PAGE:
Wheat field

‘Big 10’ food companies emit more greenhouse gases than Scandinavia

By: Information Daily Staff Writer
Published: Tuesday, May 20, 2014 - 09:51 GMT Jump to Comments

The ‘Big 10’ food and drink companies emit more greenhouse gases than Scandinavia, it has emerged in an Oxfam report.

It was revealed that if they were an individual country, they would rank as the 25th most polluting, between Egypt and the United Arab Emirates, placed at 24th and 26th respectively.

In the report Standing on the Sidelines, the international agency has reported that the ‘Big 10’ emit more than Finland, Sweden, Denmark, Norway and Iceland’s total of 250 million tons of greenhouse gases.

The report has warned that the companies are risking financial ruin if they do not do more to tackle climate change. Oxfam believes the companies are capable of cutting their combined emissions by 80 million tons by 2020 - the same amount pledged by Mexico and South Africa.

According to the international agency, companies are not doing enough despite the threat climate change poses to the sustained supply of ingredients they need for their products, their economic might and the need to feed a growing population.

Between them, the big ten generate £650 million ($1.1 billion) a day in revenues, equivalent to the total gross domestic product of all the world’s lower income countries.

Oxfam’s director of UK campaigns and policy Sally Copley said: “By failing to cut emissions adequately the ‘Big 10’ are putting short term profits ahead of the long term interests of both themselves and the rest of us.
 
“Their influence and wealth are the perfect ingredients to stop putting their businesses at risk and making climate change worse. They need to look at the whole picture from how their ingredients are grown to how their goods are produced to cut emissions”.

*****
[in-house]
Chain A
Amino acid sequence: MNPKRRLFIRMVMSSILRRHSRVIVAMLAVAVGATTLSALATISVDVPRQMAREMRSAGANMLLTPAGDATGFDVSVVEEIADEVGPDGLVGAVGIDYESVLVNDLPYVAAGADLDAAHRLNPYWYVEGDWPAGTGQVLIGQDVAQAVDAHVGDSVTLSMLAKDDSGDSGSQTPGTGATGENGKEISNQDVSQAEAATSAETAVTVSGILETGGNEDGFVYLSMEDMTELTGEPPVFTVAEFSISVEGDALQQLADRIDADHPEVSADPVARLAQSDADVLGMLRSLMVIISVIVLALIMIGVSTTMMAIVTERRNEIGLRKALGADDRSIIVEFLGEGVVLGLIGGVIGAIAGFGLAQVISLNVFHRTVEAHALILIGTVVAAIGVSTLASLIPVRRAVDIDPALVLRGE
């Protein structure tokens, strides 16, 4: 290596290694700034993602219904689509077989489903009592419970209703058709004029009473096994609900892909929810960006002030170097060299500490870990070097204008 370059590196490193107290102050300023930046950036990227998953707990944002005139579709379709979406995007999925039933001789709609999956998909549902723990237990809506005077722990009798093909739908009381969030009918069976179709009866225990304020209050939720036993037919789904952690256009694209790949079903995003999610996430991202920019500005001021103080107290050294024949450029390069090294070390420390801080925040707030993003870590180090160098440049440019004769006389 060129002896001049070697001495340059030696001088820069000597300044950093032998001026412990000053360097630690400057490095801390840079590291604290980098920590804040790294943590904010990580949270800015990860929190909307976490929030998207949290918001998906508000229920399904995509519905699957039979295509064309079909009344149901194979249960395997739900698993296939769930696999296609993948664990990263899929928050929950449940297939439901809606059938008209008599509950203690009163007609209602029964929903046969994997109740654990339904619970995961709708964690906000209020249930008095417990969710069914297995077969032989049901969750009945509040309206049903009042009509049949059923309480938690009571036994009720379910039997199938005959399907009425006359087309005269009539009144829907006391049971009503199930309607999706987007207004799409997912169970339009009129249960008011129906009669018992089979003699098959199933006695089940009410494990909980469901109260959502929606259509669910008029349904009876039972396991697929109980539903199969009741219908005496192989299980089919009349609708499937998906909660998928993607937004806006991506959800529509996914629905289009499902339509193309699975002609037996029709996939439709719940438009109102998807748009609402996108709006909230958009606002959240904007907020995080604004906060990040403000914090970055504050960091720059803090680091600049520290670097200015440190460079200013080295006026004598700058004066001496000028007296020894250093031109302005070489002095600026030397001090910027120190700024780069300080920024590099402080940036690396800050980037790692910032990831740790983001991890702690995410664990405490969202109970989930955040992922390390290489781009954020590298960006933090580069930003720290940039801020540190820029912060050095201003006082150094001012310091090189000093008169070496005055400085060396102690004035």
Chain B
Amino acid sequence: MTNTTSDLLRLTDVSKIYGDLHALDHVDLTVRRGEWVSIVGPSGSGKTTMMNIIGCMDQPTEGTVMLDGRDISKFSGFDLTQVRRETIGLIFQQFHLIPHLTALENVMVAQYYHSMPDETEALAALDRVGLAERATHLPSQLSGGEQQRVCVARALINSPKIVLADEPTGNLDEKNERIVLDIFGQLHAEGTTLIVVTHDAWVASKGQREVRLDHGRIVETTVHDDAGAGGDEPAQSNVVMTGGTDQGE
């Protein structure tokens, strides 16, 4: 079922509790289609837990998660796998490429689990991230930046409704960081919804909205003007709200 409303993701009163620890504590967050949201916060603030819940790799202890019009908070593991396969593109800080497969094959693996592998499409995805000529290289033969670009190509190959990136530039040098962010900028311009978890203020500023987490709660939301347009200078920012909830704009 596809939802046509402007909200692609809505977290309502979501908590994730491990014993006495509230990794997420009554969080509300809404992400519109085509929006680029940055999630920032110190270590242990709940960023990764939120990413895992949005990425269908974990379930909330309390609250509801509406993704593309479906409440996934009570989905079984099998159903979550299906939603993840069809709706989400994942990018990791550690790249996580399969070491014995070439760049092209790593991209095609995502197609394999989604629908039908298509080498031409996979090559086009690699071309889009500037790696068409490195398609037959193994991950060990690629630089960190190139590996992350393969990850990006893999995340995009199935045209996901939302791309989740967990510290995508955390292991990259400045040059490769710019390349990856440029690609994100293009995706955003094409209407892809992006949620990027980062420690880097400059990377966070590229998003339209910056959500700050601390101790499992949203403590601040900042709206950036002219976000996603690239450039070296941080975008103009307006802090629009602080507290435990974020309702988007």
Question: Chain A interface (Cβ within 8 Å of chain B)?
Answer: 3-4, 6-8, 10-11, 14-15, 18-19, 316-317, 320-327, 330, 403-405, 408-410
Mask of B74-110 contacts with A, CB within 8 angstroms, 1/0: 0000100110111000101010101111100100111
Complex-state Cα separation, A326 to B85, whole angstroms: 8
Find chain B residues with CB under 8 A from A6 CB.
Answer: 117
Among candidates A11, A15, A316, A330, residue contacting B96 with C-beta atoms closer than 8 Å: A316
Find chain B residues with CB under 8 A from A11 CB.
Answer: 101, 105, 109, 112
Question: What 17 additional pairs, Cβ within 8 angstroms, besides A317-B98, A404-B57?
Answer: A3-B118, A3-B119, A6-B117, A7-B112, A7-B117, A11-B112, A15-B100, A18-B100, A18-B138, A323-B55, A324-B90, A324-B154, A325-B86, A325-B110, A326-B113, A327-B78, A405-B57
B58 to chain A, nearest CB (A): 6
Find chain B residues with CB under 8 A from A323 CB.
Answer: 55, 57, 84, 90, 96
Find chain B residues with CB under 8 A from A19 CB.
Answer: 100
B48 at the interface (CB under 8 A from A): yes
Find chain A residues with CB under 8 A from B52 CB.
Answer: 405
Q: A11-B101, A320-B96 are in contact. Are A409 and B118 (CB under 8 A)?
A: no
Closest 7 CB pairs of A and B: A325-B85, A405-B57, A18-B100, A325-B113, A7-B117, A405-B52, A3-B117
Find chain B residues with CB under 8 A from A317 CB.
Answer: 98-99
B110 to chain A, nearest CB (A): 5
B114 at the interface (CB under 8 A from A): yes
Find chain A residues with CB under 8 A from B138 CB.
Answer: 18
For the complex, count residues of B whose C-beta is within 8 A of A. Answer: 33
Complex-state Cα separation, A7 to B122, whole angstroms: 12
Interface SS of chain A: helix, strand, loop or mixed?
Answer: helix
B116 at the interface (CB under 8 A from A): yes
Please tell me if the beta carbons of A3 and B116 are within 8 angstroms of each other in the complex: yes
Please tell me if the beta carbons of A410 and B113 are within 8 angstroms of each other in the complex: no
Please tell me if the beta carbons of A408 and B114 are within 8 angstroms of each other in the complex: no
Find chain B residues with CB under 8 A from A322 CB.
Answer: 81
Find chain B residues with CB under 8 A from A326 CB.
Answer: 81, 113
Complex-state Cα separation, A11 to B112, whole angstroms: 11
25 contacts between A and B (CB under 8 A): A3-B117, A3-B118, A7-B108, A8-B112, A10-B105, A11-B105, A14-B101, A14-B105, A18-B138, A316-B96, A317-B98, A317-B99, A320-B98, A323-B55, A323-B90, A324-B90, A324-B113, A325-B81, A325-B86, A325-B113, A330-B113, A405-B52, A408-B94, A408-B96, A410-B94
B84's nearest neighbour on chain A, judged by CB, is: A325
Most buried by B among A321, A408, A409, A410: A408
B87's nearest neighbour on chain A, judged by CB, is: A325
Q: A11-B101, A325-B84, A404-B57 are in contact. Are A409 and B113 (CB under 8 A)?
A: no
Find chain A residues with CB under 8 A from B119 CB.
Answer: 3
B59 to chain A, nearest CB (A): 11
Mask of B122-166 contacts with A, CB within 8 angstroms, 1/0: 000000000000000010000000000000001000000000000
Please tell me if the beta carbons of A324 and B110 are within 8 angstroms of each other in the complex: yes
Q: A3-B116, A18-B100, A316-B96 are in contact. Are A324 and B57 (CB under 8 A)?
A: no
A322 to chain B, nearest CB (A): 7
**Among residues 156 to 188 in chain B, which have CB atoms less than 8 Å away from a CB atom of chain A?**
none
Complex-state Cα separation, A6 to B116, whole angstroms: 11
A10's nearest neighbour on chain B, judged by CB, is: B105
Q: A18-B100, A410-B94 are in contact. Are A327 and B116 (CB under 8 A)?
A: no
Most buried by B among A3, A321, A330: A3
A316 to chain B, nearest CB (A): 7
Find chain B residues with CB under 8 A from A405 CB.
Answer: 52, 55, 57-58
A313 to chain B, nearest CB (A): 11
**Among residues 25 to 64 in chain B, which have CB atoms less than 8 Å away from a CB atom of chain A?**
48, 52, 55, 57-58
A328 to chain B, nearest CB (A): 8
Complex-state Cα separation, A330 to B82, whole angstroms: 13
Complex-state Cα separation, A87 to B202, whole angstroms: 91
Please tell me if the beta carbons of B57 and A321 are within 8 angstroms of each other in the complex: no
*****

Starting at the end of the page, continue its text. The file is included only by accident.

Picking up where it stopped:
Oxfam says that the food industry drives around 25 per cent of global greenhouse gas emissions and that these emissions are growing as demand for food rises. Experts predict that by 2050 there will be 50 million more people made hungry because of climate change. 

Some of the ‘Big 10’ companies admit that climate change is already beginning to harm them financially. Unilever says it now loses $415 million a year, while General Mills reported losing 62 days of production in the first fiscal quarter of 2014 alone because of extreme weather conditions that are growing worse because of climate change.

Oxfam singled out Kellogg and General Mills as two of the worst on climate and is calling on them to lead the sector towards more responsible policies and practices.

Of the ‘Big 10’s’ total emissions, about half come from the production of agricultural materials from their supply chains, yet the reduction targets do not cover these emissions the companies have set.

It was revealed that only Unilever and Coca-Cola have committed to reduction targets that address emissions in their supply chains, but none of the companies have committed to clear reduction targets specific to their agricultural emissions. 

The ‘Big 10’ include Associated British Foods, Coca-Cola, Danone, General Mills, Kellogg, Mars, Mondelez International, Nestlé, PepsiCo and Unilever.

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